In 1990 government and co-operative institutions made a review of the movement to consider whether to liquidate the societies and start again or to reform them. They opted for reform. Since then a new Co-operative Act 1991 was passed which aims to replace the statist co-operative ethos with a real member-based movement according to the ICA's principles of voluntary association and trading and democratic management, with economic feasibility as a requirement for continued registration, and with reduced powers for the Commissioner of Co-operatives. If this reform process is successful, the Co-operatives may begin to perform their proper function of promoting and defending farmer interests in the market. Their countervailing power would be one force in improving the competitiveness and efficiency of the primary markets and in the supply and financing of farm inputs.
"New" Farmer Organisations ----------------------------------- "Co-operatives" in ESA do not have a good reputation but this is more to do with past policies of co-operative development rather than the co-operative principles. Some co-operative movements and governments, such as in Tanzania, want to learn from the experience of the past and pursue reform of the existing movement. A quite different option is the development of a variety of forms of "self help groups" or "associations" which are rooted in their own circumstances rather than the result of a single institutional model, and are developed from the bottom-up.
For the first option, the ICA commissioned a survey "Co-operative Adjustment in a Changing Environment in Africa" which considered a "modified strategy for co-operative development" (Birgegaard and Genberg 1994). The recommendations included:
- in the short to medium term addressing business efficiency and core activities; - recognising that a free market gives scope for a variety of trading links, not just with other co-operatives; - major attention to human resource development in business operations; - where co-operatives became indebted as result of government policy, debt relief may be appropriate; - recognition that successful self help groups are dominated by women's groups; - recognising that bottom-up development is more effectively managed by NGO's.
Another survey, for the UK's Overseas Development Administration, made case studies of a total of 18 "Farmer Centred Enterprises" in 6 African states (Stringfellow et al 1996).
They found that the more successful have the following features: - are small in scale but with good business viability; - operate simple single activity businesses such as bulking produce or negotiating with marketers on behalf of farmers; - have small memberships with high internal cohesion, a member driven agenda, and strong financial accountability; - women's groups work better than men's; - problems usually arise with subsidies and grants; - NGO's are usually more successful at developing self help projects; - a key feature in liberalised markets is "promoting links between farmer groups and the private sector" (ibid p.24).
Concluding Remarks ------------------------- The effects of liberalisation in much of ESA has been positive for consumers and larger traders, but has been a negative experience for many farmers and may have harmed agricultural development. The lack of support services for small traders, particularly for finance, has delayed the establishment of an efficient marketing system. It appears that the implementation of liberalisation has been poorly managed and was introduced too quickly after structural adjustment started.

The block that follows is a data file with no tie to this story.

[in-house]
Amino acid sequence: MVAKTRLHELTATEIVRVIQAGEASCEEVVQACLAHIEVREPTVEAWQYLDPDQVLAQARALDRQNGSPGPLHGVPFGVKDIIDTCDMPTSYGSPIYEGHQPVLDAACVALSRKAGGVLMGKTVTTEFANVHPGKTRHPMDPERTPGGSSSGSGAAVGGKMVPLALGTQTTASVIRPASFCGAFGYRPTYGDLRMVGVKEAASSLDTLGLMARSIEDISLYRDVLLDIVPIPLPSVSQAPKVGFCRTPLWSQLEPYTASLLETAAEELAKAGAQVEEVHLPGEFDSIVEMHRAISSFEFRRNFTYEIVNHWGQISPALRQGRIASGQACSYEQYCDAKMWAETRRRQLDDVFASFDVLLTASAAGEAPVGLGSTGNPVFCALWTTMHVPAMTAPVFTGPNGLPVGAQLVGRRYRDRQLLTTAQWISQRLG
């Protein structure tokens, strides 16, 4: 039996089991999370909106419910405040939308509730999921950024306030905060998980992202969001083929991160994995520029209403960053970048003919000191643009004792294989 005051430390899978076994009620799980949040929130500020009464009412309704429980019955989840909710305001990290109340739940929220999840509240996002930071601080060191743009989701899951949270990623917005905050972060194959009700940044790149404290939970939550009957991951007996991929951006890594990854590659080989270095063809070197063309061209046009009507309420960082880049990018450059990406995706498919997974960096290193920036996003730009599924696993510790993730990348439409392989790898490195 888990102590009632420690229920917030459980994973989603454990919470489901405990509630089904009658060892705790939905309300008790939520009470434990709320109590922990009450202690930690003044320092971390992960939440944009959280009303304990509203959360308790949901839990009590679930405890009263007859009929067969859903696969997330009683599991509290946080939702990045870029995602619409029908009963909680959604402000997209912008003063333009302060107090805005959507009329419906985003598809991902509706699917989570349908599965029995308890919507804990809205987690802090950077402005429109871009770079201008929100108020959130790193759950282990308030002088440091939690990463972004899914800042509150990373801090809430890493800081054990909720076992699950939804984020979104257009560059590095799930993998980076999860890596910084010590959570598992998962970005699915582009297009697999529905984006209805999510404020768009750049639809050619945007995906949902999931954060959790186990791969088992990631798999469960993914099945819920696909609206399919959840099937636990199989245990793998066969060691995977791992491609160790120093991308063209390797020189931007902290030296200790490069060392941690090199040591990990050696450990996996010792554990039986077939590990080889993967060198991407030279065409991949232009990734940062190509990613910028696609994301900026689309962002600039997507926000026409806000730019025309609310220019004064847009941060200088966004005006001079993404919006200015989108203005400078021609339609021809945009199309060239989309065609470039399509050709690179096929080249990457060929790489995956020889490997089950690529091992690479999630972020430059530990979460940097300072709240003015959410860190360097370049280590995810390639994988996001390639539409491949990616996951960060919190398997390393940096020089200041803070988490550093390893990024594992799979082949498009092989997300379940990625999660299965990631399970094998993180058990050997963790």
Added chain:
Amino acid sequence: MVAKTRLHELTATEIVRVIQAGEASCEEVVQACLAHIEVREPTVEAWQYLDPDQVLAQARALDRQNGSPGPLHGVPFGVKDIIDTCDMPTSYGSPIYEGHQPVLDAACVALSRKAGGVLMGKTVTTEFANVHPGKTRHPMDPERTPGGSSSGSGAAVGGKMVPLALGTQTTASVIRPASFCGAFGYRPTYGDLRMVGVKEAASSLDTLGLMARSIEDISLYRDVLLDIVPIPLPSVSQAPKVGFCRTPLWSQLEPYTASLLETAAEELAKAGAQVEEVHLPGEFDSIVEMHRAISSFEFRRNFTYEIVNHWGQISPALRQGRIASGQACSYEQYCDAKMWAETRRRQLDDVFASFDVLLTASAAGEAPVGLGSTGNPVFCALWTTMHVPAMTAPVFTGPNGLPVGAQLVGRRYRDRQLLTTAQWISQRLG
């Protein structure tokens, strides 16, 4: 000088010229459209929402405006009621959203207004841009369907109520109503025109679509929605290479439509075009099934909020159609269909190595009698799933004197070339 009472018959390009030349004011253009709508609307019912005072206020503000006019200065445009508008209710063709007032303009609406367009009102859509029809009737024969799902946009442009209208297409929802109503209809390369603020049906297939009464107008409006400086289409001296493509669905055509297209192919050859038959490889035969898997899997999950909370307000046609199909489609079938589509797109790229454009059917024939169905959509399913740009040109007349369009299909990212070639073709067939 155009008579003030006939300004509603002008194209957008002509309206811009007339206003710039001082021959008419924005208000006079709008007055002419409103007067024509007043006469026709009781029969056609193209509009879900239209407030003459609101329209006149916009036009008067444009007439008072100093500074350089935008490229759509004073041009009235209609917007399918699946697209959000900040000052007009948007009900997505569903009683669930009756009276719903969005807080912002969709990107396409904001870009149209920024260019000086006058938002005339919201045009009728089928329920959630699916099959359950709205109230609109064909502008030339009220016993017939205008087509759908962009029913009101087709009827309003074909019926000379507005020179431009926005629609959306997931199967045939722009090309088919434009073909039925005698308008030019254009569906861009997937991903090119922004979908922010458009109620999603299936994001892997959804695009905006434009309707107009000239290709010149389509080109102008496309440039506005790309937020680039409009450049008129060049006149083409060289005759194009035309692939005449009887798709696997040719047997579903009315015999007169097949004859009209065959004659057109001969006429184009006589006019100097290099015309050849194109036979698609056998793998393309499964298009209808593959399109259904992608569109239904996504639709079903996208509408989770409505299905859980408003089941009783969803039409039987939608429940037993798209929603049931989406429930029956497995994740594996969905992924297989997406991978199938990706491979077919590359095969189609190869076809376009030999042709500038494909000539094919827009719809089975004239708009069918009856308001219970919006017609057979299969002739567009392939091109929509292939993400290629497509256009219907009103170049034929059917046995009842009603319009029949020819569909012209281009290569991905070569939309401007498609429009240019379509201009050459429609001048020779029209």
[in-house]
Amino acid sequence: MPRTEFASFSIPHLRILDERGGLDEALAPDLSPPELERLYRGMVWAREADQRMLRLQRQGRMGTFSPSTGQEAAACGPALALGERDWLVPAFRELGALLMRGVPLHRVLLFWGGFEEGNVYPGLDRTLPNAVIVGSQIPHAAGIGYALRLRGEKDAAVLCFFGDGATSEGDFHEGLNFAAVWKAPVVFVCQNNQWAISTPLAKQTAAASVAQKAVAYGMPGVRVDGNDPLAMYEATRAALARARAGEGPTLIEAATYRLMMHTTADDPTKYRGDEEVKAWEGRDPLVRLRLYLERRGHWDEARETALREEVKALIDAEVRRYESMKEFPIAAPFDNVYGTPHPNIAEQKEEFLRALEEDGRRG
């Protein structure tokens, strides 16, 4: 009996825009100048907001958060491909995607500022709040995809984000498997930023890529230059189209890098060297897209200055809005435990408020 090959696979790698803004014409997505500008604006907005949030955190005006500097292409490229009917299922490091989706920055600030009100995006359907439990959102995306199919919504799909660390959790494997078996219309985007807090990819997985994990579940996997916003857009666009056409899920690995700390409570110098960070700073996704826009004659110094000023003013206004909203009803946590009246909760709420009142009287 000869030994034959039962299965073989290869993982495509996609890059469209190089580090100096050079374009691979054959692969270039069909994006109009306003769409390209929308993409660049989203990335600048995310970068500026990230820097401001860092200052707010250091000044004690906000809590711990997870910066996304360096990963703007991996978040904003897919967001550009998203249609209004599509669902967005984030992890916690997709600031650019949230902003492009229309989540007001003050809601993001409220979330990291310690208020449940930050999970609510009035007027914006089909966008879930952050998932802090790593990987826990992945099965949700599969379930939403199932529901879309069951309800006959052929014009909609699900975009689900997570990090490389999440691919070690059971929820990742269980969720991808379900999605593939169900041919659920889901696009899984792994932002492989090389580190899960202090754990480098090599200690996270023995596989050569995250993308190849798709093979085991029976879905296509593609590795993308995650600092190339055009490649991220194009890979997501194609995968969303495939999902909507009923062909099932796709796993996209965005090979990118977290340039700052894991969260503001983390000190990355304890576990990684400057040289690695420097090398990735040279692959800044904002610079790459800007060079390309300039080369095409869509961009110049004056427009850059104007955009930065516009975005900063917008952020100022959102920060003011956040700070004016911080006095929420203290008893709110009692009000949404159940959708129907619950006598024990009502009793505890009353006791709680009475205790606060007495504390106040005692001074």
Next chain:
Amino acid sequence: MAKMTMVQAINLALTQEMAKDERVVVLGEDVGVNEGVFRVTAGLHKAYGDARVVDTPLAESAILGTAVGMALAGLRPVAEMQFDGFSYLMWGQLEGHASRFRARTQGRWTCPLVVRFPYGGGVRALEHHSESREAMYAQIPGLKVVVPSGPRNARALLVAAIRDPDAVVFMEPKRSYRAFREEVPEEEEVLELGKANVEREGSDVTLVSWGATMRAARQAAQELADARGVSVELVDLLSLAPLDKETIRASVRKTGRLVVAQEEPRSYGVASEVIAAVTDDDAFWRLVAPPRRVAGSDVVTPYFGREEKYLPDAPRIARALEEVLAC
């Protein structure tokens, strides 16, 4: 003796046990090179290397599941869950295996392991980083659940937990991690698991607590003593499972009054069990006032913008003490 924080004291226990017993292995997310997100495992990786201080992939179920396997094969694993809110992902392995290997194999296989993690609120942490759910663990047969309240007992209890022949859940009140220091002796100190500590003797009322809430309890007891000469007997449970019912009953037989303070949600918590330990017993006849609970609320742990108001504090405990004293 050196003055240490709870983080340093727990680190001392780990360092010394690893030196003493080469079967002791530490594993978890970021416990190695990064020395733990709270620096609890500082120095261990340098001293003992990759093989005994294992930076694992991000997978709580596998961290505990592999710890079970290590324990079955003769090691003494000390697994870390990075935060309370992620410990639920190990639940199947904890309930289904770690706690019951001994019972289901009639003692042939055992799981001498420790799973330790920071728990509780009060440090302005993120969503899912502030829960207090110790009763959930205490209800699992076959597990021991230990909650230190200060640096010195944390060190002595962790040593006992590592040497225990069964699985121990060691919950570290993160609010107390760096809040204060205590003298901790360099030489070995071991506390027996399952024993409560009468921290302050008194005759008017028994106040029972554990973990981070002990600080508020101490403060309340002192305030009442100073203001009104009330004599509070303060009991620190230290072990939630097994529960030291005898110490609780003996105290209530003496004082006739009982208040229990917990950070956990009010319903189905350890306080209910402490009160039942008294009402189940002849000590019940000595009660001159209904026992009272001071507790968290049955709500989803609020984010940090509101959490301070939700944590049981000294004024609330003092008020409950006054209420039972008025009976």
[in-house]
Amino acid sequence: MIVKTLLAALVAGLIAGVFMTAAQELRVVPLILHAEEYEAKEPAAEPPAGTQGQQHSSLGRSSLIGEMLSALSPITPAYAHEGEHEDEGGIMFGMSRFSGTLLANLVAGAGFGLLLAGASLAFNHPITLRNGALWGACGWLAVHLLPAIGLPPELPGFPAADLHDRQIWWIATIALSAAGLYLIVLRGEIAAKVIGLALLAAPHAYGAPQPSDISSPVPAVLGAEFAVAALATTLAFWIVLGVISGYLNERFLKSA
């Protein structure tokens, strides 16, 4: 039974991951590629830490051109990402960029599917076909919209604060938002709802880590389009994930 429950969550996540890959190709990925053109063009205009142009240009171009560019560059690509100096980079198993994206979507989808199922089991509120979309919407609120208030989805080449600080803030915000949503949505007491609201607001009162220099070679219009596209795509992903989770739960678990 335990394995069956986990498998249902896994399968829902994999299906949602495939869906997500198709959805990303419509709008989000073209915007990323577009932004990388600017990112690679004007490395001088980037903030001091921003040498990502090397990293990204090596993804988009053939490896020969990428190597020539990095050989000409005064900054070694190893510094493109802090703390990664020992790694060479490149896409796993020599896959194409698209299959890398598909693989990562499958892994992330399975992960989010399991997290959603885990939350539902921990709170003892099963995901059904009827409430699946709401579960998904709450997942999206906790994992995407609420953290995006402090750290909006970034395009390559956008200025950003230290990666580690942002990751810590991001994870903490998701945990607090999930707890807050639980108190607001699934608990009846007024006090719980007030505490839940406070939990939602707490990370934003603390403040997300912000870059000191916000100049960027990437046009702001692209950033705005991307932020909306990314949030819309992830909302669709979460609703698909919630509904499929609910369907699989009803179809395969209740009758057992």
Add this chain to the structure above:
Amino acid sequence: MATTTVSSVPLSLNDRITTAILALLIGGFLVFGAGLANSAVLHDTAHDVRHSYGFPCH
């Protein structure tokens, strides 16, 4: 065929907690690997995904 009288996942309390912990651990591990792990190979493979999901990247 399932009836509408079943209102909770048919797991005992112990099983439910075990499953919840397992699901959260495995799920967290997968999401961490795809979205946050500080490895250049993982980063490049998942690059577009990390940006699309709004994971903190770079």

Adjustment and liberalisation have had dramatic effects on co-operatives and many have not survived. There may be possibilities for reform for those which have survived, which would hopefully see a return to basic principles. There are examples of good practice for small self-help groups which may or may not be co-operatives. However larger farmer organisations may find co-operative forms more appropriate. A key issue is the integration of co-operatives and other marketers to produce an effective market base for agricultural development. As Jayne and Jones (1997) noted from their survey, "The challenge is to develop co-ordinated and sustainable systems of input delivery, farm finance and reliable output markets to reduce the costs and risks.... in smallholder agriculture".
If the 1970's was the decade of state sponsored development, and the 1980's that of market based development, then the 1990's has seen more emphasis on institutional development. The New Institutional Economics considers the relations between people, markets and the state as being characterised by incomplete information, transaction costs and different mental models, and that "...institutions are formed to reduce uncertainties in human exchange" (North D C, in Harriss et al 1995). Co-operatives would seem a natural way to address these uncertainties.
Sources ---------- AFMESA (1995), Report of a Workshop on Food Market Liberalisation, A Critical Review of Experiences to Date, Association of Food Marketing Enterprises in Eastern and Southern Africa, Lusaka, Zambia; FAO Rome.
Birgegaard L-E and Genberg B, 1994, "Co-operative Adjustment in a Changing Environment in Sub-Saharan Africa, International Co-operative Alliance, Geneva.
Harriss J, Hunter J and Lewis C, (Eds) 1995, "The New Institutional Economics and Third World Development", Routledge, London.
Stringfellow R, Coulter J, McKone C, Lucey T, Hussain A (1996) "The Provision of Agricultural Services Through Self-Help in Sub-Saharan Africa", Natural Resources Institute, University of Greenwich, London
Coulter J and Golob P, 1992. "Cereal Marketing Liberalisation in Tanzania" Food Policy Dec. 1992.
Coulter J, 1994. "Liberalisation of Cereals Marketing in Sub-Saharan Africa: Lessons from Experience". Natural Resources Institute, Chatham.
MDB 1994, "1993/94 Industry Review of Maize, Rice and Wheat". Marketing Development Bureau, Ministry of Agriculture, Dar Es Salaam.
Santorum A and Tibaijuka A,1992. "Trading Responses to Food Market Liberalisation in Tanzania" Food Policy Dec. 1992.
World Bank, 1994. "Tanzania Agriculture" Washington.
----------------- * Mr. Launder is Lecturer in Agricultural Economics, Development and Project Planning Centre, University of Bradford, England.